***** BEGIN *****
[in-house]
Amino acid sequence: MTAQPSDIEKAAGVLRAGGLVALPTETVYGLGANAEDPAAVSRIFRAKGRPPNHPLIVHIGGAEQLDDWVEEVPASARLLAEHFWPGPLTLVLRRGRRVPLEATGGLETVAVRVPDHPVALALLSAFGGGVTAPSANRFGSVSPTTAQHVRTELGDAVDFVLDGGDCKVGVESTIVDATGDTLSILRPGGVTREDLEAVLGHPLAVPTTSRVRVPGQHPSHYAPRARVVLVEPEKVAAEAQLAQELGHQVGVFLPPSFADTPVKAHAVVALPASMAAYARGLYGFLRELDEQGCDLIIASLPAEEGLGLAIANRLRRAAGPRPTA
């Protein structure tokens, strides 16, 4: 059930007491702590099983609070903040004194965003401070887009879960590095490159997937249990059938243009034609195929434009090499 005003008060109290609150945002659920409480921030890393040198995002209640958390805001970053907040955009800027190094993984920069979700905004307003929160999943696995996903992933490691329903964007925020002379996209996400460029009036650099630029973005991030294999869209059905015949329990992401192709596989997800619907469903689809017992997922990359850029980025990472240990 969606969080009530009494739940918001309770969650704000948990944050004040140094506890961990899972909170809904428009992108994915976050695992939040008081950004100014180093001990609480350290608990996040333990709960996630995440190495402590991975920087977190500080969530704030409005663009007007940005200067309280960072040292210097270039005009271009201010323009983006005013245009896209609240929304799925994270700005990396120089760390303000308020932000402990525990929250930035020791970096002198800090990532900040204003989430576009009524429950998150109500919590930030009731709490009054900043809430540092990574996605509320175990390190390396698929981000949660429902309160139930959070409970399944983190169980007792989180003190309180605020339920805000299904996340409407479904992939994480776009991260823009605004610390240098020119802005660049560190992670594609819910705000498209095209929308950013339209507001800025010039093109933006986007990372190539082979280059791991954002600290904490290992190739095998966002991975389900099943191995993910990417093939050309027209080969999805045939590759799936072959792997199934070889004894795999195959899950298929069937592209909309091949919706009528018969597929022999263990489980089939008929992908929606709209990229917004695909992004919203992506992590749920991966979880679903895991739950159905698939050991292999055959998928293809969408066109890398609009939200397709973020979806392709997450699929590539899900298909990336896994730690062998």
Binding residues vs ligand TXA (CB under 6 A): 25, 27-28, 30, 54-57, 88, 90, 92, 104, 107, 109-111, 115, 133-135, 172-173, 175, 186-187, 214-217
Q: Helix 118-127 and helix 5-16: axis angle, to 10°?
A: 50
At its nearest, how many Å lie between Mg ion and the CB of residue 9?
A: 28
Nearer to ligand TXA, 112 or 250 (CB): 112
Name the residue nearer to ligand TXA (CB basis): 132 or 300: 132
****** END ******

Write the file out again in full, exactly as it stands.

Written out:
[in-house]
Amino acid sequence: MTAQPSDIEKAAGVLRAGGLVALPTETVYGLGANAEDPAAVSRIFRAKGRPPNHPLIVHIGGAEQLDDWVEEVPASARLLAEHFWPGPLTLVLRRGRRVPLEATGGLETVAVRVPDHPVALALLSAFGGGVTAPSANRFGSVSPTTAQHVRTELGDAVDFVLDGGDCKVGVESTIVDATGDTLSILRPGGVTREDLEAVLGHPLAVPTTSRVRVPGQHPSHYAPRARVVLVEPEKVAAEAQLAQELGHQVGVFLPPSFADTPVKAHAVVALPASMAAYARGLYGFLRELDEQGCDLIIASLPAEEGLGLAIANRLRRAAGPRPTA
């Protein structure tokens, strides 16, 4: 059930007491702590099983609070903040004194965003401070887009879960590095490159997937249990059938243009034609195929434009090499 005003008060109290609150945002659920409480921030890393040198995002209640958390805001970053907040955009800027190094993984920069979700905004307003929160999943696995996903992933490691329903964007925020002379996209996400460029009036650099630029973005991030294999869209059905015949329990992401192709596989997800619907469903689809017992997922990359850029980025990472240990 969606969080009530009494739940918001309770969650704000948990944050004040140094506890961990899972909170809904428009992108994915976050695992939040008081950004100014180093001990609480350290608990996040333990709960996630995440190495402590991975920087977190500080969530704030409005663009007007940005200067309280960072040292210097270039005009271009201010323009983006005013245009896209609240929304799925994270700005990396120089760390303000308020932000402990525990929250930035020791970096002198800090990532900040204003989430576009009524429950998150109500919590930030009731709490009054900043809430540092990574996605509320175990390190390396698929981000949660429902309160139930959070409970399944983190169980007792989180003190309180605020339920805000299904996340409407479904992939994480776009991260823009605004610390240098020119802005660049560190992670594609819910705000498209095209929308950013339209507001800025010039093109933006986007990372190539082979280059791991954002600290904490290992190739095998966002991975389900099943191995993910990417093939050309027209080969999805045939590759799936072959792997199934070889004894795999195959899950298929069937592209909309091949919706009528018969597929022999263990489980089939008929992908929606709209990229917004695909992004919203992506992590749920991966979880679903895991739950159905698939050991292999055959998928293809969408066109890398609009939200397709973020979806392709997450699929590539899900298909990336896994730690062998």
Binding residues vs ligand TXA (CB under 6 A): 25, 27-28, 30, 54-57, 88, 90, 92, 104, 107, 109-111, 115, 133-135, 172-173, 175, 186-187, 214-217
Q: Helix 118-127 and helix 5-16: axis angle, to 10°?
A: 50
At its nearest, how many Å lie between Mg ion and the CB of residue 9?
A: 28
Nearer to ligand TXA, 112 or 250 (CB): 112
Name the residue nearer to ligand TXA (CB basis): 132 or 300: 132